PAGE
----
Fierce Food Trends of 2016
Not the usual suspects
But unless you're au fait with what's au courant, you could well be caught unwittingly tucking into a snack of shame-a kale salad, say-when everyone knows (or should anyway, according to food fad pundits) that kale is so 2014. That said, what foods then are poised to become gastronomically hot for the coming year, and what's not? We've had a protracted period of oohing over a perfectly marbled slab of wagyu. We've obediently marvelled at the myriad antioxidant qualities of maca, and swooned over coconut water's magic hydrating properties. What should the discerning foodie watch out for next in order to be an early adopter of tomorrow's culinary frontrunners? Forthwith, in no particular order, are some of the food trends you would be well rewarded to watch out for:
Open fire cooking
Internationally, 2015 was all about fermented foods (think kombucha and kefir for drinks and sauerkraut and kimchi for food), although we in Malaysia didn't really cotton on to that craze. But with open burning already so rampant in Indonesia, perhaps open fire cooking might take off in a big way? Otherwise, leave it to the experts at Fuego and Copper, where chef-proprietors Christian Bauer and Chai respectively are particularly adept at the technique.
Although mentaiko, uni and salmon roe have been regular suspects in restaurants menus for quite some time now, roe in all forms is set to become interstellar. Whether fresh, smoked or dried, roe is increasingly being used as a garnish or in sauces. One particularly sterling example is a velveteen tagliolini with sea urchin sauce that I enjoyed so thoroughly in Lake Como that it still gives me palpitations when I remember it. Other meritorious examples to keep your eyes peeled for are sea urchin served as a base layer for avocado on toast or even bottarga on fresh tomatoes, a continental staple that is enjoying a renaissance on the world stage.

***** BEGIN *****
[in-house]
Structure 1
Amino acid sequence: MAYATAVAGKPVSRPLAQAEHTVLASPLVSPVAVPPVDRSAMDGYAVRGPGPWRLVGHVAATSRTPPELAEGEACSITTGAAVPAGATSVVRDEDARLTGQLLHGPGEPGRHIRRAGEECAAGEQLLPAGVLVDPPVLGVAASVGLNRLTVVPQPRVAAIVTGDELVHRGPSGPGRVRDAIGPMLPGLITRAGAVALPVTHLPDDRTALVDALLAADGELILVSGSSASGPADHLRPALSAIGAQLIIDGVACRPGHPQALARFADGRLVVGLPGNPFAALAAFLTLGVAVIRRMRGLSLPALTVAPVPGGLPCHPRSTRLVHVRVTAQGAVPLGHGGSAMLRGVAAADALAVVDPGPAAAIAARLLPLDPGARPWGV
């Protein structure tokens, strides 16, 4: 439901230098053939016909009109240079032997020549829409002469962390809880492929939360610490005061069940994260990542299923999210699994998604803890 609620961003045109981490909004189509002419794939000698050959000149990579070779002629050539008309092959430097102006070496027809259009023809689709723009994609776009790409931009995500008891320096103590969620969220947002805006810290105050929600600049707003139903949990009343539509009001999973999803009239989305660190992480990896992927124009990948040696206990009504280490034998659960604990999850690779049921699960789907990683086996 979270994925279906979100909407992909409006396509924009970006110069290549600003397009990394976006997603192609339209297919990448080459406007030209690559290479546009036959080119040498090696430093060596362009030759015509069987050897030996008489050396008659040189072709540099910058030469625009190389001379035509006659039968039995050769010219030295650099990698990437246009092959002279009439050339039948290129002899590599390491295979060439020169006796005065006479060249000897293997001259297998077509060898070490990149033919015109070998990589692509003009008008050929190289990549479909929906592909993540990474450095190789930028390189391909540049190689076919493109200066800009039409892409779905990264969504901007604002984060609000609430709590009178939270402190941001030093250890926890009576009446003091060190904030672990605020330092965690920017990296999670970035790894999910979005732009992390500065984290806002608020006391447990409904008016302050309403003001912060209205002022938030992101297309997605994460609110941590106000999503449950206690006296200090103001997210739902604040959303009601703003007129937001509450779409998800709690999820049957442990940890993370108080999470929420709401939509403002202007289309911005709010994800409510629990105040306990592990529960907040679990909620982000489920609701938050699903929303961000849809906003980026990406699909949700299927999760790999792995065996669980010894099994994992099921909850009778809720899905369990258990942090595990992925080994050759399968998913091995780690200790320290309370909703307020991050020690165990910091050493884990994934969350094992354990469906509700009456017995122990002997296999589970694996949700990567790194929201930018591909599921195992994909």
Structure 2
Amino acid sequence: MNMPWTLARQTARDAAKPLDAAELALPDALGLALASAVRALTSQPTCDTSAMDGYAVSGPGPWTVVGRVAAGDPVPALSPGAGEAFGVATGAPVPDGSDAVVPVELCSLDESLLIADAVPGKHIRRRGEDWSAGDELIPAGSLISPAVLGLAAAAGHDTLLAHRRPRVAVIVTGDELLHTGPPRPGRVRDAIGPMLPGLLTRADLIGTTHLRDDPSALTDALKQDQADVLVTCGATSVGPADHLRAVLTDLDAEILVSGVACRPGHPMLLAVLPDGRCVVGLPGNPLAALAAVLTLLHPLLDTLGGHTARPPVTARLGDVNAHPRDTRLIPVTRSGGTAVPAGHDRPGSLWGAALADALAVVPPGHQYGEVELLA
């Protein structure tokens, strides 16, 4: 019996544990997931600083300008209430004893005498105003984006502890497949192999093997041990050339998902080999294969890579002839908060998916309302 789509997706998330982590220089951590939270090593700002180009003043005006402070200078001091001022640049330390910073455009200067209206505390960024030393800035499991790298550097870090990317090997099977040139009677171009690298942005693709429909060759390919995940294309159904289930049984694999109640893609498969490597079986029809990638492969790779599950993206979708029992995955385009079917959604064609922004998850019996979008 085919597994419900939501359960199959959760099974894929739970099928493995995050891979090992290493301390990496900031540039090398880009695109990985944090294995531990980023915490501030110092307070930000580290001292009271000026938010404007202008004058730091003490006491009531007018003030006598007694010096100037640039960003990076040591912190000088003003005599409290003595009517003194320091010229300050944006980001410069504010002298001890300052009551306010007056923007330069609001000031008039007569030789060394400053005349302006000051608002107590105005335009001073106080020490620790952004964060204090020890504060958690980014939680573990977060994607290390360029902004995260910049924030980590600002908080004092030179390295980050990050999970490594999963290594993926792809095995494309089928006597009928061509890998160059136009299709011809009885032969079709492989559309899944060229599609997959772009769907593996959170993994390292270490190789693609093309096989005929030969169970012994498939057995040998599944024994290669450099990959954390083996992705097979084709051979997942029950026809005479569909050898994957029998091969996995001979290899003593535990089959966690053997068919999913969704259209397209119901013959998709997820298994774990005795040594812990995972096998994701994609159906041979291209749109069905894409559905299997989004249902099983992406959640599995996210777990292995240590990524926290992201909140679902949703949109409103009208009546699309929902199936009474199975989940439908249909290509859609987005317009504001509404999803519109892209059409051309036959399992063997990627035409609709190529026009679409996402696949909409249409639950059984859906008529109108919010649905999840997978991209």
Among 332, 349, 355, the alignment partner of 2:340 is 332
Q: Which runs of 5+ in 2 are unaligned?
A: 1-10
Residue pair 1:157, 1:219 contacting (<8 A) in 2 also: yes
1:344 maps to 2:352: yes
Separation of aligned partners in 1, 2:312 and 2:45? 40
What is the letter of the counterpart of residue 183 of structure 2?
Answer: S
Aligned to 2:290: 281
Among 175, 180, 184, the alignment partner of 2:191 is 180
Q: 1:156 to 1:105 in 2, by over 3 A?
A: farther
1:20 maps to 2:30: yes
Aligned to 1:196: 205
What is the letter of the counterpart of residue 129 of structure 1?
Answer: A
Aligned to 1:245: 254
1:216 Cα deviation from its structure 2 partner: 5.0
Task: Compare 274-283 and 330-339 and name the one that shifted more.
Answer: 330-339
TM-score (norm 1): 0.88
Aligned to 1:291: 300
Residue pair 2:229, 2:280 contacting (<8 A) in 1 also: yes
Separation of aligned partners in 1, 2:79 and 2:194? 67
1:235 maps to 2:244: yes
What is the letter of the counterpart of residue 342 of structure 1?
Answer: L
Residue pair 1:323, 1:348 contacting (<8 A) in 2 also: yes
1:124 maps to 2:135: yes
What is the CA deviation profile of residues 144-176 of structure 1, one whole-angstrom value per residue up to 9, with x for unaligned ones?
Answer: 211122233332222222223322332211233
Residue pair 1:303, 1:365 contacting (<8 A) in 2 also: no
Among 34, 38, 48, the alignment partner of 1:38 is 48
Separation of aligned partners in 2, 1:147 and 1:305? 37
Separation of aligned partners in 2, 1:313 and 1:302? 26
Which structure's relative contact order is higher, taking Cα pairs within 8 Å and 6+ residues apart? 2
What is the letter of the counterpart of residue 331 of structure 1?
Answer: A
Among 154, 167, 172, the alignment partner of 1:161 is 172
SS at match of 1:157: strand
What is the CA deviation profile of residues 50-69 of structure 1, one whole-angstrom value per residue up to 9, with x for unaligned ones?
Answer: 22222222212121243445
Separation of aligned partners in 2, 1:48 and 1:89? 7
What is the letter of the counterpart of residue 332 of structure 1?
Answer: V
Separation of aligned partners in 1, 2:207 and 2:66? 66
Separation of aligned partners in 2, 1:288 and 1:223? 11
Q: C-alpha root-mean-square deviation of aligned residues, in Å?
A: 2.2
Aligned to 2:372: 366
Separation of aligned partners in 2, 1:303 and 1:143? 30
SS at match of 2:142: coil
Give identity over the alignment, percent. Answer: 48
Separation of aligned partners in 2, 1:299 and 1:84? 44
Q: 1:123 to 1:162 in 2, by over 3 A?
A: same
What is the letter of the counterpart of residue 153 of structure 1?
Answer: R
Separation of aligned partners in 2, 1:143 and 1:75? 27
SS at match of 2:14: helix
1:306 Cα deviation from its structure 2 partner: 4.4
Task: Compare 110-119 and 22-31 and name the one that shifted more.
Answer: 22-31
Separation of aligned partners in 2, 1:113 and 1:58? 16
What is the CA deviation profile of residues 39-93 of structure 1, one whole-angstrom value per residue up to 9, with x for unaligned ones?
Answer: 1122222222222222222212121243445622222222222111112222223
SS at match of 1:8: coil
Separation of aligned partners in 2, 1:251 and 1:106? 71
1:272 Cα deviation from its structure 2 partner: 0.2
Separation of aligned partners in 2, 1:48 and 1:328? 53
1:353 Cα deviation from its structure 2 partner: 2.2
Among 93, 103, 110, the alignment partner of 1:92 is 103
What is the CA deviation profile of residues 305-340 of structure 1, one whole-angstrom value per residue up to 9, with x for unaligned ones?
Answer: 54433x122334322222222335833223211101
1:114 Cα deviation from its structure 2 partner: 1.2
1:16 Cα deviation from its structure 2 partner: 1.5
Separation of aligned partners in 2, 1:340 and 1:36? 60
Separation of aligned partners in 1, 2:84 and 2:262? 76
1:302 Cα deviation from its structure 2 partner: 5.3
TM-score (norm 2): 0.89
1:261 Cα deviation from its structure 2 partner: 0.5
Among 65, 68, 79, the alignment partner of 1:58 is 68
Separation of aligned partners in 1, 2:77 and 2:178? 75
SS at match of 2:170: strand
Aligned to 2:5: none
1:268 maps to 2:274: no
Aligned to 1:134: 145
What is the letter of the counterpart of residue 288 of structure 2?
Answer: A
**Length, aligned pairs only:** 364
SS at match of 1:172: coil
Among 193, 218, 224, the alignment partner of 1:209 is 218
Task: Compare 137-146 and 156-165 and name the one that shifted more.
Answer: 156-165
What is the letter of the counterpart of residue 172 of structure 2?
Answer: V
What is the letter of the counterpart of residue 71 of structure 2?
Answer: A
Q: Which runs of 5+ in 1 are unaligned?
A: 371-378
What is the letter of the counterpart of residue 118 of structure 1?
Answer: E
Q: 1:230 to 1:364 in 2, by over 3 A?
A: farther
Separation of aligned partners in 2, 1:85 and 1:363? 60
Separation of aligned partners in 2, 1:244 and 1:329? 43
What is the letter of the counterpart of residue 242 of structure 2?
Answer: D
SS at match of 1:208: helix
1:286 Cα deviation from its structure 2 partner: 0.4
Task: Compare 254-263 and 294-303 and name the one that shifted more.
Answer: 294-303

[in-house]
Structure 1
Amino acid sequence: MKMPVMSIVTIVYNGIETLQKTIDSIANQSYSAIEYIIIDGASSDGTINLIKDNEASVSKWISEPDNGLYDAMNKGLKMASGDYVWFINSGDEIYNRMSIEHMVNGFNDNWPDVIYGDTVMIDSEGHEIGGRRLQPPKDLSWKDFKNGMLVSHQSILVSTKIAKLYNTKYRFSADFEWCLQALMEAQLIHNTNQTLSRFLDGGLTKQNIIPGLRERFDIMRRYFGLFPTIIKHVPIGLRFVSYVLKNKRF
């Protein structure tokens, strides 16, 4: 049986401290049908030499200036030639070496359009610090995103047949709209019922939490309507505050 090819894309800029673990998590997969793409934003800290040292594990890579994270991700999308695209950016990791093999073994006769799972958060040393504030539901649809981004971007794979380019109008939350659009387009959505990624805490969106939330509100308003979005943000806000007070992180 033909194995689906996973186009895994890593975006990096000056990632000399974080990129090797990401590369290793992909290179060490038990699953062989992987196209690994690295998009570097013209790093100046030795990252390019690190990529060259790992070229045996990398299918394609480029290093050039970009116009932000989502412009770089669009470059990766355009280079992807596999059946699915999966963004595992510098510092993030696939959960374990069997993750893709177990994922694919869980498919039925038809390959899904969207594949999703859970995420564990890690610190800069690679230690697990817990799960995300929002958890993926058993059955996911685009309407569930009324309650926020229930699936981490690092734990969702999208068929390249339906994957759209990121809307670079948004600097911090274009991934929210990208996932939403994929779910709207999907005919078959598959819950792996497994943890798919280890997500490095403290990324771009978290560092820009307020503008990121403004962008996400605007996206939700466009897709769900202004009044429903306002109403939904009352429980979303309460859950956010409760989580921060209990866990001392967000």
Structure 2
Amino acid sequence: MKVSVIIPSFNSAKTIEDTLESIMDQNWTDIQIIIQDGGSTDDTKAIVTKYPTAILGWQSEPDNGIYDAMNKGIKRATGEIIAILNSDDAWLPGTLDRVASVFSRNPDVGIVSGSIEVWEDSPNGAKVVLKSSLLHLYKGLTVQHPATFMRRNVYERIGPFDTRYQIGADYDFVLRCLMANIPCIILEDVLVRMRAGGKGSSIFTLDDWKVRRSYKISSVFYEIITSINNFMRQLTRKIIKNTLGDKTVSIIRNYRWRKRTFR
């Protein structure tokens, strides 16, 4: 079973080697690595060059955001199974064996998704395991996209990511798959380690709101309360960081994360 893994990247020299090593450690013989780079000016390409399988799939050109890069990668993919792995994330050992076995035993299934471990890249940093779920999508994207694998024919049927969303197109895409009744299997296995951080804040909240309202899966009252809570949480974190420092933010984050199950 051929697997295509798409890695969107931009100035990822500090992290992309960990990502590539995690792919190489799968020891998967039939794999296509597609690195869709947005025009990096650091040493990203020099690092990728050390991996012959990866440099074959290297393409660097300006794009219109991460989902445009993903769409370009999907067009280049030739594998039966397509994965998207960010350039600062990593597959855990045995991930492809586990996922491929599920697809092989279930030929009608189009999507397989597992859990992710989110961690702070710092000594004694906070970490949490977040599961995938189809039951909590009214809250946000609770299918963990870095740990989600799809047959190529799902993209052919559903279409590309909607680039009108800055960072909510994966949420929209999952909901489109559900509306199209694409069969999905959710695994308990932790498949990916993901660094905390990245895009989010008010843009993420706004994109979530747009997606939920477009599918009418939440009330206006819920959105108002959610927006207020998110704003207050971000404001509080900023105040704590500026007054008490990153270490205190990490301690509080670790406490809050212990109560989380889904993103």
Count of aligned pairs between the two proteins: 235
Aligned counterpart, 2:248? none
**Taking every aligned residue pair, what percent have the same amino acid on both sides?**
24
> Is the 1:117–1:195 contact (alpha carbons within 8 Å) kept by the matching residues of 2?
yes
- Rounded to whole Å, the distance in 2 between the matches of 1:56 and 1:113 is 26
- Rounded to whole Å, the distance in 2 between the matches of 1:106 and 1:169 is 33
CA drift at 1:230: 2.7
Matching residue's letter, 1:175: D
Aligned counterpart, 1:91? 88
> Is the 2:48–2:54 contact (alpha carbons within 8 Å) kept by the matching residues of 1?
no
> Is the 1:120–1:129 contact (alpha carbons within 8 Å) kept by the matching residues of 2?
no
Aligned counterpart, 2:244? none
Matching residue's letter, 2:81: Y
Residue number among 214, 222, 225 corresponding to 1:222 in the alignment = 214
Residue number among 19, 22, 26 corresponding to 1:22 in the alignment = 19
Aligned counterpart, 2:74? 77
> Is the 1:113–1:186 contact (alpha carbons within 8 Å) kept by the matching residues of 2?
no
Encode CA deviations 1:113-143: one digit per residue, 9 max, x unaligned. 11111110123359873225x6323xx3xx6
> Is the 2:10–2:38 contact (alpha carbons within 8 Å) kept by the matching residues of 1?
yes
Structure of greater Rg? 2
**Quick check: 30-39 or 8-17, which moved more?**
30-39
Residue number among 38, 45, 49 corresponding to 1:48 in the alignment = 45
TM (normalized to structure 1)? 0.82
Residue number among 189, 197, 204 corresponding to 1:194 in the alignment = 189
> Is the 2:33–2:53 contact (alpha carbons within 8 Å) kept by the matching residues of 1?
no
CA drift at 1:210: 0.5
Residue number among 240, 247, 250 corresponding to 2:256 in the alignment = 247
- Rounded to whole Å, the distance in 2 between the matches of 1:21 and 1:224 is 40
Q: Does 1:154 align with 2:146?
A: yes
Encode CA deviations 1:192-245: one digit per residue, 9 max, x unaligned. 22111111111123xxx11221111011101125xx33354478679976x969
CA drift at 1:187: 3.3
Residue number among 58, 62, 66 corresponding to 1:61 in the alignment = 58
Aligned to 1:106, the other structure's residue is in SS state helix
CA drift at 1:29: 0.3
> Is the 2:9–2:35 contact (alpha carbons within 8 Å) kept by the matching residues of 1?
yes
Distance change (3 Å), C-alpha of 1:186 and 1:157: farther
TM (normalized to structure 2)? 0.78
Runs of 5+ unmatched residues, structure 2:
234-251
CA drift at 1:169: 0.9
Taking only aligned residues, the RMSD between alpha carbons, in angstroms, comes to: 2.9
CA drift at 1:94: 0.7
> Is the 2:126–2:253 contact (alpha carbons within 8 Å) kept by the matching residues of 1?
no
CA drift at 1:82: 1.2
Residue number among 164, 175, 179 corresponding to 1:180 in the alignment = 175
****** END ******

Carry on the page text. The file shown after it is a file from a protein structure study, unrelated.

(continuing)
Insects as food
Top chefs have incorporated insects into their menus for some time now, but with nutritionists increasingly urging consumers to include insects in our diets as a cheap, abundantly available source of protein, it seems the time is now for us to consider munching on Jiminy Cricket and his buddies when we need a pre-gym energy hit. After all, if it's good enough for Rene Redzepi (beef tartare with ants) and Michelin-starred David Faure (pate with crickets), who then are we to say no?
Aside from ramping up green credentials (now de rigueur for top restaurants overseas), chefs are turning to greens as the star of the show rather than their erstwhile roles as accoutrements to protein. Exotic leaves will become more mainstream (watch out for purslane, potentially 2016's kale) while locally, chefs-led by Dewakan's Darren Teoh-are embracing local herbs in their cuisine, such as Restaurant DC's Darren Chin, whose fine French food uses not just local greens, but also such exotic varieties as ficoide glacial lettuce in his cooking.
First it was mangosteen that had us in its thrall as the miracle elixir du jour. Then the humble coconut staged a coup d'etat and wrested the top spot as drink of choice for active wear-clad bunnies the world over (proving what we in Asia have known since time immemorial: that coconut water doesn't just taste good, it's actually good for us!). Now, it's coconut water's turn to look over its shoulder because a new challenger for the throne looms, and it's none other than maple water, which is fortified with 46 vitamins, minerals and antioxidants, and is also a coveted gluten-free drink that's naturally low in calories. Additionally, with just half the sugar of coconut water, Canada's secret is about to become an international obsession.